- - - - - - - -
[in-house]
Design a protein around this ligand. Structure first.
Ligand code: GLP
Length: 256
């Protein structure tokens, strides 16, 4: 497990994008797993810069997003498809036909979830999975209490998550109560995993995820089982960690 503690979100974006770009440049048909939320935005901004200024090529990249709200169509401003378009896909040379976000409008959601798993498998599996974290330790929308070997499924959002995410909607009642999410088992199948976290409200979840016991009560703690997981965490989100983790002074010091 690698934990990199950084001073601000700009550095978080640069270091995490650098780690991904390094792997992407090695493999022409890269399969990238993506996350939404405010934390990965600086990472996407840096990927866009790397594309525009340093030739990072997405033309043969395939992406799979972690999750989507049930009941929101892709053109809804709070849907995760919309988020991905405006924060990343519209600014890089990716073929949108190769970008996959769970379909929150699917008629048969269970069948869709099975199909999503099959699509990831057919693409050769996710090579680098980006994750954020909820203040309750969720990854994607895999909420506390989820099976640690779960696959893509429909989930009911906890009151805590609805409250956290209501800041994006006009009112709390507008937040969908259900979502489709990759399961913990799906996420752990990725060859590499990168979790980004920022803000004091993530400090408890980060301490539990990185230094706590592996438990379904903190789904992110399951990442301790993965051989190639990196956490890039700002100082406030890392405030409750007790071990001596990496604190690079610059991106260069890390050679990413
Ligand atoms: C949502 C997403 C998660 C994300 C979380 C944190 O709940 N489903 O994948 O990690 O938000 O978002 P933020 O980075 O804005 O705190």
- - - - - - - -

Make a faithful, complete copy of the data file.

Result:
[in-house]
Design a protein around this ligand. Structure first.
Ligand code: GLP
Length: 256
């Protein structure tokens, strides 16, 4: 497990994008797993810069997003498809036909979830999975209490998550109560995993995820089982960690 503690979100974006770009440049048909939320935005901004200024090529990249709200169509401003378009896909040379976000409008959601798993498998599996974290330790929308070997499924959002995410909607009642999410088992199948976290409200979840016991009560703690997981965490989100983790002074010091 690698934990990199950084001073601000700009550095978080640069270091995490650098780690991904390094792997992407090695493999022409890269399969990238993506996350939404405010934390990965600086990472996407840096990927866009790397594309525009340093030739990072997405033309043969395939992406799979972690999750989507049930009941929101892709053109809804709070849907995760919309988020991905405006924060990343519209600014890089990716073929949108190769970008996959769970379909929150699917008629048969269970069948869709099975199909999503099959699509990831057919693409050769996710090579680098980006994750954020909820203040309750969720990854994607895999909420506390989820099976640690779960696959893509429909989930009911906890009151805590609805409250956290209501800041994006006009009112709390507008937040969908259900979502489709990759399961913990799906996420752990990725060859590499990168979790980004920022803000004091993530400090408890980060301490539990990185230094706590592996438990379904903190789904992110399951990442301790993965051989190639990196956490890039700002100082406030890392405030409750007790071990001596990496604190690079610059991106260069890390050679990413
Ligand atoms: C949502 C997403 C998660 C994300 C979380 C944190 O709940 N489903 O994948 O990690 O938000 O978002 P933020 O980075 O804005 O705190």